10 : Noncholera Vibrios

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Noncholera vibrio infections have emerged as an important public health concern in the United States, Canada, Japan, Taiwan, and many other countries. The majority of noncholera vibrio infections are food-borne, and the major food vehicle is raw molluscan shellfish. Most noncholera vibrios are halophilic (or salt-requiring), and their growth is enhanced by specific ranges of salinity, water temperatures, and pH. The number of noncholera vibrio infections has increased over the past few years, after years of remaining relatively stable. Over the past 10 years, and have been the most commonly isolated noncholera species. Among the 553 culture-confirmed infections reported to CDC between 1988 and 1998 through the Vibrio Surveillance System, 44% were classified as primary septicemia, 43% as wound infections, and 7% as gastroenteritis, while 6% were from other or unknown sites of infection. Noncholera strains that cause gastroenteritis are usually susceptible to antimicrobial agents used for enteric infections, although most cases of gastroenteritis are mild and self-limited, and they can effectively be treated with oral rehydration. On the other hand, wound and primary septicemia infections require antimicrobial treatment to improve the course of illness and prevent complications. The author recommends that consumers avoid eating raw or undercooked oysters, especially during the warmer months because illness is associated with consuming oysters harvested from warm water. Due to the recent increase in noncholera vibrio infections, all states should consider making infection with any species reportable.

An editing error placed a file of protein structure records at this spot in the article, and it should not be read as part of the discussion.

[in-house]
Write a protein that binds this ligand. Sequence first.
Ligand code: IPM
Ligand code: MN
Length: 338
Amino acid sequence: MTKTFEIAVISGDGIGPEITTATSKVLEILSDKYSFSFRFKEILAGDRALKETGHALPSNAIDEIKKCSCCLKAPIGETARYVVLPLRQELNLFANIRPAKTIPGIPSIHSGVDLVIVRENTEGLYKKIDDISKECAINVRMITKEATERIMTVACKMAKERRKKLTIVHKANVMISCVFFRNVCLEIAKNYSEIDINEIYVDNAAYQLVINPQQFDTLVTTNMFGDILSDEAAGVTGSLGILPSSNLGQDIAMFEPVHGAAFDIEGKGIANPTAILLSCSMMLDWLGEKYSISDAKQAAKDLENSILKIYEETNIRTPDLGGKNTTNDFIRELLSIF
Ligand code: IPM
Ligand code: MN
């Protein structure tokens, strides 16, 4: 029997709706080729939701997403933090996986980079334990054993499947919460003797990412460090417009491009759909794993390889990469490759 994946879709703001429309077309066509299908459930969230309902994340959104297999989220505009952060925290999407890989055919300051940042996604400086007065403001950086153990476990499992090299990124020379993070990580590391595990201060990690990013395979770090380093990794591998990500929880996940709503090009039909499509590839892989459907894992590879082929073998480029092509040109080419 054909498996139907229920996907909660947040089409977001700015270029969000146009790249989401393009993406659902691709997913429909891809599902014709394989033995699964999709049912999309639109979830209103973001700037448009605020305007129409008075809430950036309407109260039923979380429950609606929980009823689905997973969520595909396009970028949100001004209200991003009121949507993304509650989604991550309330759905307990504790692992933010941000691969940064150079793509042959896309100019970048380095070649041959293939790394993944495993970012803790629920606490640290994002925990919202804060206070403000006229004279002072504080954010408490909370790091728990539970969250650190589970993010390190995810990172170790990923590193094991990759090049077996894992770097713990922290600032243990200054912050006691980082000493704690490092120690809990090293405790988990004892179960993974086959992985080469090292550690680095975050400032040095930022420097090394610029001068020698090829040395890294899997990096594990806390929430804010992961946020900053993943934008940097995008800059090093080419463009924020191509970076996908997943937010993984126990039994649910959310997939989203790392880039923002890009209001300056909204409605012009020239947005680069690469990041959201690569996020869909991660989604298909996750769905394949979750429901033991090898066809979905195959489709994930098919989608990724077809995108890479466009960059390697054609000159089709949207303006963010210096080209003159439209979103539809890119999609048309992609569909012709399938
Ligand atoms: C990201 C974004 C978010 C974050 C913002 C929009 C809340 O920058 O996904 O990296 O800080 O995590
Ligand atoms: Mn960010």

Citation: Daniels N, Evans M, Griffin P. 2000. Noncholera Vibrios, p 137-147. In Scheld W, Craig W, Hughes J (ed), Emerging Infections 4. ASM Press, Washington, DC. doi: 10.1128/9781555816971.ch10
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Noncholera infections in the United States reported to the Surveillance System, 1988 to 1998. Source: Surveillance System.

Citation: Daniels N, Evans M, Griffin P. 2000. Noncholera Vibrios, p 137-147. In Scheld W, Craig W, Hughes J (ed), Emerging Infections 4. ASM Press, Washington, DC. doi: 10.1128/9781555816971.ch10
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Generic image for table
Table 1.

Number of noncholera infections reported to the Surveillance System, 1988 to 1998

Citation: Daniels N, Evans M, Griffin P. 2000. Noncholera Vibrios, p 137-147. In Scheld W, Craig W, Hughes J (ed), Emerging Infections 4. ASM Press, Washington, DC. doi: 10.1128/9781555816971.ch10

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